Basking in the glow (still)...Suncrest Nursery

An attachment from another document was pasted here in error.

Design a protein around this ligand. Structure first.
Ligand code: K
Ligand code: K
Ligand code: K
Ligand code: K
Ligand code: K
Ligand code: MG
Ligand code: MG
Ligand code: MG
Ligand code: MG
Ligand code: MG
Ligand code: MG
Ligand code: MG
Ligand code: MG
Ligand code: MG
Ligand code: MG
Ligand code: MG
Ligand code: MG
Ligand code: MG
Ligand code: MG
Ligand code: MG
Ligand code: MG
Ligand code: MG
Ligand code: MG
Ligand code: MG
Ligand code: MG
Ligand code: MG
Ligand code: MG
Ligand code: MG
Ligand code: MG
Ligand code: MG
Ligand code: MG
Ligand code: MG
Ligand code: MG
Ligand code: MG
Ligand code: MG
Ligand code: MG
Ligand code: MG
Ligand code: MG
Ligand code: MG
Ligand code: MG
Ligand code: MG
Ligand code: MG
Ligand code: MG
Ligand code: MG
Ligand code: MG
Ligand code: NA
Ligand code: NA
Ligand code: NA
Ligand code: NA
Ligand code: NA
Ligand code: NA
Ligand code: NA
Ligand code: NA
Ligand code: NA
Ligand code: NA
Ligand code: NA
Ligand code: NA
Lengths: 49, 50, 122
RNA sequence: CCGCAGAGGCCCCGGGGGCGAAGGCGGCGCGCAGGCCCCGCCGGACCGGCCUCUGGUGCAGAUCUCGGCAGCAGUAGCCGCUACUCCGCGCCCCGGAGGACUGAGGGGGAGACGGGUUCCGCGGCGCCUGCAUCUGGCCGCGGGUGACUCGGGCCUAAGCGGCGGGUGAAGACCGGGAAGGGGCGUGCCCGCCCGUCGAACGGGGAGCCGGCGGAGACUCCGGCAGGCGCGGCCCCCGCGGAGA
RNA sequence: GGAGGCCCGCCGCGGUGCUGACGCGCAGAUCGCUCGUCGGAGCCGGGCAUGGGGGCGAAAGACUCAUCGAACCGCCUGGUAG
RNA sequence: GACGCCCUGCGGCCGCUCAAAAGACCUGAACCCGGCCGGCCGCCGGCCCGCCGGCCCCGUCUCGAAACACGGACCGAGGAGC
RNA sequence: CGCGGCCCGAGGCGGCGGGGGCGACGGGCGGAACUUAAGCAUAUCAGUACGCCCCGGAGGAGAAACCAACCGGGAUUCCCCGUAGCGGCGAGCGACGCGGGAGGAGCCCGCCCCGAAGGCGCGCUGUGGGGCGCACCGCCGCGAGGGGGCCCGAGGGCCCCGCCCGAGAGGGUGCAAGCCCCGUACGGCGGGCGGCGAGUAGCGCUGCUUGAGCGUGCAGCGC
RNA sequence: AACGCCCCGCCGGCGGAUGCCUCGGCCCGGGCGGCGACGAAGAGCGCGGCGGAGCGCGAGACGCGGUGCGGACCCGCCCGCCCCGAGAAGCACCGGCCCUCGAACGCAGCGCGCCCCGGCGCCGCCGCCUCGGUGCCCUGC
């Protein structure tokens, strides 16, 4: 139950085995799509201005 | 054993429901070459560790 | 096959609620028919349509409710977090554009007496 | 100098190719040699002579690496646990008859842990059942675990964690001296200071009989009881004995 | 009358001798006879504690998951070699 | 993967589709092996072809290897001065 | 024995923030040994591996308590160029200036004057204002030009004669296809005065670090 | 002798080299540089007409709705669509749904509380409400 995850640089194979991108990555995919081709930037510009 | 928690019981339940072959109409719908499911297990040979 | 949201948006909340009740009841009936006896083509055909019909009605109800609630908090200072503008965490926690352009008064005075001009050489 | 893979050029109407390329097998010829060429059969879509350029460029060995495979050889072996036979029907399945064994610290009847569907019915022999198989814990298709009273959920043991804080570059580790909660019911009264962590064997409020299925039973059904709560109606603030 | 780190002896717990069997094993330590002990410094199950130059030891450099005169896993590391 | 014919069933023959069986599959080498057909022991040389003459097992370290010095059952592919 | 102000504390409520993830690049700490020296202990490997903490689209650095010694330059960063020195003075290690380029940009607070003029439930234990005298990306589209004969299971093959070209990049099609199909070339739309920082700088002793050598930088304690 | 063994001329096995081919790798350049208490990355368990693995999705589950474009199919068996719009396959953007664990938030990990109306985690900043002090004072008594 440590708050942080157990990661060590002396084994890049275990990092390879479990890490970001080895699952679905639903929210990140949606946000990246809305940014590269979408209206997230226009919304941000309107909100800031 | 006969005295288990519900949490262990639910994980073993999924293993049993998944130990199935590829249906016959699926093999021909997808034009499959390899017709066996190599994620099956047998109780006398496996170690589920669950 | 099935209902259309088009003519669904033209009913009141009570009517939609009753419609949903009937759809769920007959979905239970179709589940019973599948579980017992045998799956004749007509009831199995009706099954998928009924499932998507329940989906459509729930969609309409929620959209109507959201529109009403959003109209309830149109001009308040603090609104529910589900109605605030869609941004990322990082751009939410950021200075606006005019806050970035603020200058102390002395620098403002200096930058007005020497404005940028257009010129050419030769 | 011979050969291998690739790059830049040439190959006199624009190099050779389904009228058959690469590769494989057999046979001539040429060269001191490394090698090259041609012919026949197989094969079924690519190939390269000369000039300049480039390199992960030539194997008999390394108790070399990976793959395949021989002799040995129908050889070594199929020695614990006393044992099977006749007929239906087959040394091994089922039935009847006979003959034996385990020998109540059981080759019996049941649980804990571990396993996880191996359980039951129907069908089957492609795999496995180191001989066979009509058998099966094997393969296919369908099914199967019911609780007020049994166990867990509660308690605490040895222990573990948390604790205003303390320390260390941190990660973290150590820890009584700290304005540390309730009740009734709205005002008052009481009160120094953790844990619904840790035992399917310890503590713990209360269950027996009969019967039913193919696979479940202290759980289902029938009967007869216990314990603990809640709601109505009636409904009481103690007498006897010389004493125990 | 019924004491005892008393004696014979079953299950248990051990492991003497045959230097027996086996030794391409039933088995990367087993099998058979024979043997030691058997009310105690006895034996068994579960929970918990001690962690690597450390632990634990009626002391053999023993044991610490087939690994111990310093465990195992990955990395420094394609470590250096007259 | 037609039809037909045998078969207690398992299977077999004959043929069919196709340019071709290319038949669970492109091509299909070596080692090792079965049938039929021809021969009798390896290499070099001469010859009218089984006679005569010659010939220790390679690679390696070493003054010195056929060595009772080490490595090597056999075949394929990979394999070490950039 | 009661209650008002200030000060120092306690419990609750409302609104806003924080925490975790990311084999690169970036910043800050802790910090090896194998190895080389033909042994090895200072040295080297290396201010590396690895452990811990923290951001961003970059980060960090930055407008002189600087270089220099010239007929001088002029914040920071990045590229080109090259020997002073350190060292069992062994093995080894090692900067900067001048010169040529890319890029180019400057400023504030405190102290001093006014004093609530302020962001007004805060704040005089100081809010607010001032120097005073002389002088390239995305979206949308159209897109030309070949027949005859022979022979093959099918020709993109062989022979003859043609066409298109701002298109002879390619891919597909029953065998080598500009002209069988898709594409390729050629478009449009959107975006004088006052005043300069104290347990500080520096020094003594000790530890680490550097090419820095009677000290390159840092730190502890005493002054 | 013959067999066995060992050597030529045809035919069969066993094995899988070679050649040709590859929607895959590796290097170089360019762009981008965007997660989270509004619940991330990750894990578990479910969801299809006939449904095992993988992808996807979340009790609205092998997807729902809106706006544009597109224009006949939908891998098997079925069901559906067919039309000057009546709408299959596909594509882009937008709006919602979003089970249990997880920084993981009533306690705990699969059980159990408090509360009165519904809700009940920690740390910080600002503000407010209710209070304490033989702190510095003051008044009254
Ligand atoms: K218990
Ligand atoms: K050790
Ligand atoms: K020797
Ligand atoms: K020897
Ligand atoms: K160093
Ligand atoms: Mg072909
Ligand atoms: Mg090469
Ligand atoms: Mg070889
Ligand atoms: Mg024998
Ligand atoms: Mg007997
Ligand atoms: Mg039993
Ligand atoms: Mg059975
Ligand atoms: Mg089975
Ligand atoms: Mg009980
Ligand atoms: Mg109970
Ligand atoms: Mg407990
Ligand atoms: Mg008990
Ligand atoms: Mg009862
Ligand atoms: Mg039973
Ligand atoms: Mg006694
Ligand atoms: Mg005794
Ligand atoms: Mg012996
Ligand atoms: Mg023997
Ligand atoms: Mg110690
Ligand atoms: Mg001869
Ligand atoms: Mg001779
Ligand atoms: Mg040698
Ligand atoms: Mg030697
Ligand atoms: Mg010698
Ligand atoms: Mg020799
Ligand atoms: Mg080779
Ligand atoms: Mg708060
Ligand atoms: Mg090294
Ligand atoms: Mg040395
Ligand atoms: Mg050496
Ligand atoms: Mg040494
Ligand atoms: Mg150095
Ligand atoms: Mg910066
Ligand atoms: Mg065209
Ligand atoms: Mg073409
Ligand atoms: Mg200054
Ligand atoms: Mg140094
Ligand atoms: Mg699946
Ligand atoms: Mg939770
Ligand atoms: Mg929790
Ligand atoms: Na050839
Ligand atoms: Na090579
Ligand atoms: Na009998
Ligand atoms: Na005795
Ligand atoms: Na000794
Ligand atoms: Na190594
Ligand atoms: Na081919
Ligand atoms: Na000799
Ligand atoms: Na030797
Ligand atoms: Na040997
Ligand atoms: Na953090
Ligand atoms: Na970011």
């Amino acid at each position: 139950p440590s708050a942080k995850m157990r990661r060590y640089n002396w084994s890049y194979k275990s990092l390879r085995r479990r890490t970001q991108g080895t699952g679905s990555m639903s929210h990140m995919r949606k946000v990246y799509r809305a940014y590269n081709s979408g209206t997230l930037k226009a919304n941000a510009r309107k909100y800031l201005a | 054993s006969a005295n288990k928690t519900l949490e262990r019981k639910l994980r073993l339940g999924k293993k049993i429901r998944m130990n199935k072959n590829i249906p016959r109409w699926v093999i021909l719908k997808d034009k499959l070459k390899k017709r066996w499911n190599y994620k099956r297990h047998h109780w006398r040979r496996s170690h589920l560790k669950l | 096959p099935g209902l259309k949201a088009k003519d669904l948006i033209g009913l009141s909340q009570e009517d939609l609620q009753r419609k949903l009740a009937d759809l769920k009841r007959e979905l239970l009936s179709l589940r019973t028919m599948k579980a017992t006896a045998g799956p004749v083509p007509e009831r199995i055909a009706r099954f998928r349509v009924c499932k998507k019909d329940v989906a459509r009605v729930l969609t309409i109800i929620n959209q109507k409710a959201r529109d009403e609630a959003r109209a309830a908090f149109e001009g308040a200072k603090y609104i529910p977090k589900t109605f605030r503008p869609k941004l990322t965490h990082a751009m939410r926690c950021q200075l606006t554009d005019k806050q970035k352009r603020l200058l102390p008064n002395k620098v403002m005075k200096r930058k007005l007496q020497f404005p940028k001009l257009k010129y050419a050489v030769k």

It's been over a week now, but I'm still basking in the glow of a really fabulous visit to the Bay area...judging by the amazing crunch of people at the rent-a-car complex, everybody else in America knows what a great destination San Francisco is (I couldn't believe the lines). In fact, as I was waiting in the Budget line two very impatient foreigners tried to cut in front of the patient American throngs. Of course, they had to be Greek...they stormed out (probably looking to see if they could find a shorter line elsewhere), but came back later with their tails between their legs, so to speak. I struck up a conversation with the husband: the Greek-American wife was here on business (American diplomatic service, actually!), he a tag along for vacation...he had a Cretan accent, I asked him where he came from. Wouldn't you know, it's a village not far from my father's birthplace, the beach town of Kalives where I spent many an enchanting weeks as a kid. Of course, we ended up knowing a lot of people in common. If we'd spent more time together, we would have probably found out we were cousins!